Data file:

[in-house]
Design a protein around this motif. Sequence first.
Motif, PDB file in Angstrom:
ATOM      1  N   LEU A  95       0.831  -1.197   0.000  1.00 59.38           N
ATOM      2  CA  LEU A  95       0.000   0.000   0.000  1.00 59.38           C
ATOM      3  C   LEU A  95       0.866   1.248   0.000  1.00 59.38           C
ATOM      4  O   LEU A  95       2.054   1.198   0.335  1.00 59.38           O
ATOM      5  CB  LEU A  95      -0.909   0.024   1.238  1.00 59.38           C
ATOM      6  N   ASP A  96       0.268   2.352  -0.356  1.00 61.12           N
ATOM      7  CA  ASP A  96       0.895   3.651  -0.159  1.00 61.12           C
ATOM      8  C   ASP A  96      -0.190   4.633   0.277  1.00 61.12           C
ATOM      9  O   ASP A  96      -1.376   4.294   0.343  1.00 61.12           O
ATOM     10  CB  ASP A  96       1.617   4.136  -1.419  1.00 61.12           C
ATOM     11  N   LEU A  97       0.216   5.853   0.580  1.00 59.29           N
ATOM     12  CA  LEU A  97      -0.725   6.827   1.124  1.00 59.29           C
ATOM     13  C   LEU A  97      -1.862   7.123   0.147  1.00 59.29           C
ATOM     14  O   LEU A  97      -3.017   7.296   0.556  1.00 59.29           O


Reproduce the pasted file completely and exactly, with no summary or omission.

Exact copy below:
[in-house]
Design a protein around this motif. Sequence first.
Motif, PDB file in Angstrom:
ATOM      1  N   LEU A  95       0.831  -1.197   0.000  1.00 59.38           N
ATOM      2  CA  LEU A  95       0.000   0.000   0.000  1.00 59.38           C
ATOM      3  C   LEU A  95       0.866   1.248   0.000  1.00 59.38           C
ATOM      4  O   LEU A  95       2.054   1.198   0.335  1.00 59.38           O
ATOM      5  CB  LEU A  95      -0.909   0.024   1.238  1.00 59.38           C
ATOM      6  N   ASP A  96       0.268   2.352  -0.356  1.00 61.12           N
ATOM      7  CA  ASP A  96       0.895   3.651  -0.159  1.00 61.12           C
ATOM      8  C   ASP A  96      -0.190   4.633   0.277  1.00 61.12           C
ATOM      9  O   ASP A  96      -1.376   4.294   0.343  1.00 61.12           O
ATOM     10  CB  ASP A  96       1.617   4.136  -1.419  1.00 61.12           C
ATOM     11  N   LEU A  97       0.216   5.853   0.580  1.00 59.29           N
ATOM     12  CA  LEU A  97      -0.725   6.827   1.124  1.00 59.29           C
ATOM     13  C   LEU A  97      -1.862   7.123   0.147  1.00 59.29           C
ATOM     14  O   LEU A  97      -3.017   7.296   0.556  1.00 59.29           O